Executive Viewpoint 2017 Predictions: Verint Systems – Same Threats, Bigger Impact
Same threats, but on steroids, was the rule of thumb for 2016, and I fully expect this trend to extend into 2017 and beyond. We didn’t see many new attack methods – except for IoT, but the old ones have grown bigger, and stronger and have affected more people than we could have imagined.
Ransomware, megadata breaches, identity theft, were the same-old, same-old, while the promise of IoT threats is starting to come to fruition.
Ransomware increased more than five times as compared to the same period in 2014-2015.
Companies must set up their back-up infrastructures in such a way as to reduce vulnerability or decide how much they are willing to pay to get their information back and protect it from being sold on the dark web.
Meanwhile, megadata breaches are getting more common. Yahoo and DropBox, LinkedIn, MySpace and Tumblr were victims of mega attacks. More than 500 million accounts have been exposed and the information is now for sale.
The profitability of that information is leading to identity theft becoming the second most reported type of fraud. Identity theft has increased by more than 30% since 2015.
Now that IoT is finally coming into its own, threats are an unfortunate part of this reality. We saw IoT-vulnerability driven cyber attacks against major websites like Amazon, Netflix and Twitter.
IoT is only as strong as its weakest link, and as the volume of devices increase – especially those controlling entry – cyberattacks are changing from privacy issues to ones that may affect our physical safety as well.
In 2017, CISOs must ensure that cybersecurity becomes a strategic and integral part of the greater organization as a response to more aggressive, ingenious, highly targeted cyberattacks. Those attacks will use multiple vectors, including web, email, and malicious files, dynamically adapting to exploit zero day and other network vulnerabilities. The future of cyber attacks will be carefully planned, methodical, and patient.
Most major organizations will realize that they have suffered data breaches, have been under attack, and possibly have been infected for weeks and months, or even years.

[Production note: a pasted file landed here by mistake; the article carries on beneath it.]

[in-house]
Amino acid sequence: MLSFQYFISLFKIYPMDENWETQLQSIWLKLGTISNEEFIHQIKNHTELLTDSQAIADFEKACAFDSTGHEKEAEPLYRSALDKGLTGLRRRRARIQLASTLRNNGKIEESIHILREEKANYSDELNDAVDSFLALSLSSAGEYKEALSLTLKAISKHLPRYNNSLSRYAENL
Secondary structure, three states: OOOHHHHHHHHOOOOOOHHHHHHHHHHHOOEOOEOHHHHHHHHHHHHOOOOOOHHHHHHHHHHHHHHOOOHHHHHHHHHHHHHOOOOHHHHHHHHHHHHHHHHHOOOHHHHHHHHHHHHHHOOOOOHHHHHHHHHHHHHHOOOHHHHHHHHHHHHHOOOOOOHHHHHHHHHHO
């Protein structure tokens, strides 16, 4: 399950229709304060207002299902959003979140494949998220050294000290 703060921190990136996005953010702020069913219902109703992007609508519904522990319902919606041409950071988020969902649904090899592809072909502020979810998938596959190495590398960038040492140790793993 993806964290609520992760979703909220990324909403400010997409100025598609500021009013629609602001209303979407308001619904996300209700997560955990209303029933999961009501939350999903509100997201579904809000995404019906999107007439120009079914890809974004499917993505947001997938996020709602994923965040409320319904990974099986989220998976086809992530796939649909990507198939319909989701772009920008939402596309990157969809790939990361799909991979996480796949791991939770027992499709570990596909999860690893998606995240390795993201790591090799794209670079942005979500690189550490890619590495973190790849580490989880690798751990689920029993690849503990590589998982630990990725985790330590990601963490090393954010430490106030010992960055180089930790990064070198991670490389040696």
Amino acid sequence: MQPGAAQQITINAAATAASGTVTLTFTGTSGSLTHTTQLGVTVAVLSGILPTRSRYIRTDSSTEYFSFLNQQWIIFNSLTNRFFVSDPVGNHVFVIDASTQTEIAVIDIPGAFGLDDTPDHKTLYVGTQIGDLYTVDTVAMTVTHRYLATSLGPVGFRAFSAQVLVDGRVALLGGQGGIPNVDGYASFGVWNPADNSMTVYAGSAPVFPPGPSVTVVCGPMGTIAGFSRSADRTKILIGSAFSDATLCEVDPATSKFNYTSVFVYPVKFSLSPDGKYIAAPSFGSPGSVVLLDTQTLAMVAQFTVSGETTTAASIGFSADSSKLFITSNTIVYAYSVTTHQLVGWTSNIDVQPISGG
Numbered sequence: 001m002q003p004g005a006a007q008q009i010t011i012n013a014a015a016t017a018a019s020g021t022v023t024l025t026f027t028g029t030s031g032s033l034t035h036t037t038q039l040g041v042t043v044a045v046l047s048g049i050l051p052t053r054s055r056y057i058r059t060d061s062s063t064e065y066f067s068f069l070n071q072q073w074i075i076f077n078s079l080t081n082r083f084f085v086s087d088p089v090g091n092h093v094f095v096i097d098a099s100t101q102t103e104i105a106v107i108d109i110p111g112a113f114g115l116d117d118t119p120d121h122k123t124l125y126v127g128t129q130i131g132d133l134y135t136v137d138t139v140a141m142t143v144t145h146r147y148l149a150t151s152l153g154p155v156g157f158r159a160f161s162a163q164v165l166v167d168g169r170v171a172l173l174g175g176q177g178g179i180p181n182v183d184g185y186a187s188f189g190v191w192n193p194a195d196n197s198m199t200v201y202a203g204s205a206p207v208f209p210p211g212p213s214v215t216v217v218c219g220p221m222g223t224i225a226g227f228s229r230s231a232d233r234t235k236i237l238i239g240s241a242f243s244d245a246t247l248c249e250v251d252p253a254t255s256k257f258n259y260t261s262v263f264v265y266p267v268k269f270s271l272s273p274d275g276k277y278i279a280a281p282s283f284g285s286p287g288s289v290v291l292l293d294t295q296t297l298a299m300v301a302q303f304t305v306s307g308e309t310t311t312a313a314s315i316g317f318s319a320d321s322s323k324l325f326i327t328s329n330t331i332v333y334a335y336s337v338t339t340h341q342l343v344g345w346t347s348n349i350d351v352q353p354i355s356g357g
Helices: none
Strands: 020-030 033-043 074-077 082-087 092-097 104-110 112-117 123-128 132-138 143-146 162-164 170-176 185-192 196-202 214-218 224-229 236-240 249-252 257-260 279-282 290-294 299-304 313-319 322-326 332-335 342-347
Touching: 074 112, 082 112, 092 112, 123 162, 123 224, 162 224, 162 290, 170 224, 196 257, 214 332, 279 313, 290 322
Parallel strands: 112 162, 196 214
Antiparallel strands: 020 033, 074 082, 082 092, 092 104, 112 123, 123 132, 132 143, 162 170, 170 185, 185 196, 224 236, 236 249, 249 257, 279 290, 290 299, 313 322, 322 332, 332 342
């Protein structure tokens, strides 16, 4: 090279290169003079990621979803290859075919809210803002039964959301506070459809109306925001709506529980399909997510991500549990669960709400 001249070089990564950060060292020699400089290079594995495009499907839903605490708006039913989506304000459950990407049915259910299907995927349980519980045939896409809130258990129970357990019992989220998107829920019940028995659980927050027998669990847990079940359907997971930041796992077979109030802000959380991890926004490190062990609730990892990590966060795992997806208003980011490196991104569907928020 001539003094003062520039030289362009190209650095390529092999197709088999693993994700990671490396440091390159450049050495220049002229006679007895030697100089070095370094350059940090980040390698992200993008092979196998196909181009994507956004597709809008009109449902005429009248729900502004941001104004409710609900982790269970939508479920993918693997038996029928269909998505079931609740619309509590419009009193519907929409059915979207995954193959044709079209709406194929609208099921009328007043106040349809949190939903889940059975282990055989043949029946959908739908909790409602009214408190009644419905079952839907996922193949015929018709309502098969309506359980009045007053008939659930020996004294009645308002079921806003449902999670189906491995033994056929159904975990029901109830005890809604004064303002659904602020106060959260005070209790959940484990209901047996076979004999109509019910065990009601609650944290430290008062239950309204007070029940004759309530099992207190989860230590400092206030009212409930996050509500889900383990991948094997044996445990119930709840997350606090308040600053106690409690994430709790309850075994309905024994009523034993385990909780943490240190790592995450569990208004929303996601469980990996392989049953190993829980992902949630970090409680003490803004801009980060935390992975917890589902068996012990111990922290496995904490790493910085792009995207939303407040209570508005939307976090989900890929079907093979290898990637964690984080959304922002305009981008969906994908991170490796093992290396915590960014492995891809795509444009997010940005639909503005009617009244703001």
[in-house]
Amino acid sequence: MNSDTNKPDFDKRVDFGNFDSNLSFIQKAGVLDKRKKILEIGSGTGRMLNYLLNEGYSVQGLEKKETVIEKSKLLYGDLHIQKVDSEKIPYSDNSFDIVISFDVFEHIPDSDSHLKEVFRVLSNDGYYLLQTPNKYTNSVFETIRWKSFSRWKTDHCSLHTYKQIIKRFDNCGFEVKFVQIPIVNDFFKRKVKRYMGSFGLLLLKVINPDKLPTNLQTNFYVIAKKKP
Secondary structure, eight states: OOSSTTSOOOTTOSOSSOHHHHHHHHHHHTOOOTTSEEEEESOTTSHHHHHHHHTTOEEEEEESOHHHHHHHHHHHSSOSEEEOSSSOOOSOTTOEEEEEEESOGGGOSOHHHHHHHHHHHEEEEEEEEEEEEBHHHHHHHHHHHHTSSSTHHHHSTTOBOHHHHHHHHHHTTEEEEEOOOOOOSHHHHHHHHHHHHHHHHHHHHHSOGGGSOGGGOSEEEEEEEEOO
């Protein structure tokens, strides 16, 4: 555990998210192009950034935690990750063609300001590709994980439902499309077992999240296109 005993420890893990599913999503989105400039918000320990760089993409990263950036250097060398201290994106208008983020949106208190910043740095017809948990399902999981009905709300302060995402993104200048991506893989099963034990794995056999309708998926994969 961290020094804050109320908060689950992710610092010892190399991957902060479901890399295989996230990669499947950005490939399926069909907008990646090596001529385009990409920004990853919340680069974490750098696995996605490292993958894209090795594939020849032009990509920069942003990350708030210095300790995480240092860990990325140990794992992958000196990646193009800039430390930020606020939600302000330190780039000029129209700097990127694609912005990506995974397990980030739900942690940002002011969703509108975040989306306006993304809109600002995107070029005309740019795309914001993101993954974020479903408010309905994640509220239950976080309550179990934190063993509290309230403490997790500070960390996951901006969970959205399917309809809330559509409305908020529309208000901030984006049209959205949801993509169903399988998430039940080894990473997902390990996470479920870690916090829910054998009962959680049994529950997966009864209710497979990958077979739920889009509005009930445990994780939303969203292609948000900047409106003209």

The malware carrying out these attacks will initially investigate network weaknesses, disabling network security measures and infecting other points and devices. The malware will use fewer command and control servers to reduce its potential detection footprint; instead, it will wait for the right time to extract data from the network.
CISOs don’t want to hear about the latest and greatest point solutions and how well they work, they already know that their traditional antivirus and the supposedly next-generation firewalls are just not enough. Known signatures, black-and-white listing, and recognizing pattern-based techniques are not stopping the latest threats. This will demand a shift from prevention to advanced detection and response solutions. They want the big picture, not fragmented information that is simply aggregated together. They want actionable intelligence to clearly demonstrate ROI. ROI in the case of cyber means that the solutions can identify threats efficiently, without burdening the already strained security teams.
To gain this ROI, CISOs will have to switch their solutions to those that protect against these advanced attacks, seeking out technologies that monitor the entire threat life cycle – from initial malware delivery to call backs and data exfiltration – something that gathers all the information across attack vectors and gives them complete situational awareness of the digital environment.
The “new” threat protection will come from technologies inspired by the immune system – threats will automatically be detected and mitigated, with human intervention required only in serious cases, alleviating chronic alert fatigue.
Orchestration and automation will constitute the heart of the new threat protection, detection, investigation, and mitigation solutions. Thousands of sensors will be embedded within the corporate network, feeding data into solutions that will determine the real threats, using machine learning and anomaly detection to filter out the false positives.
The “interoperability” between artificial and human intelligence will allow CISOs to fight the cyber attacks that don’t follow the “rules,” creating a more efficient system that stops the threats in their tracks, before they can do real damage or get what they came for.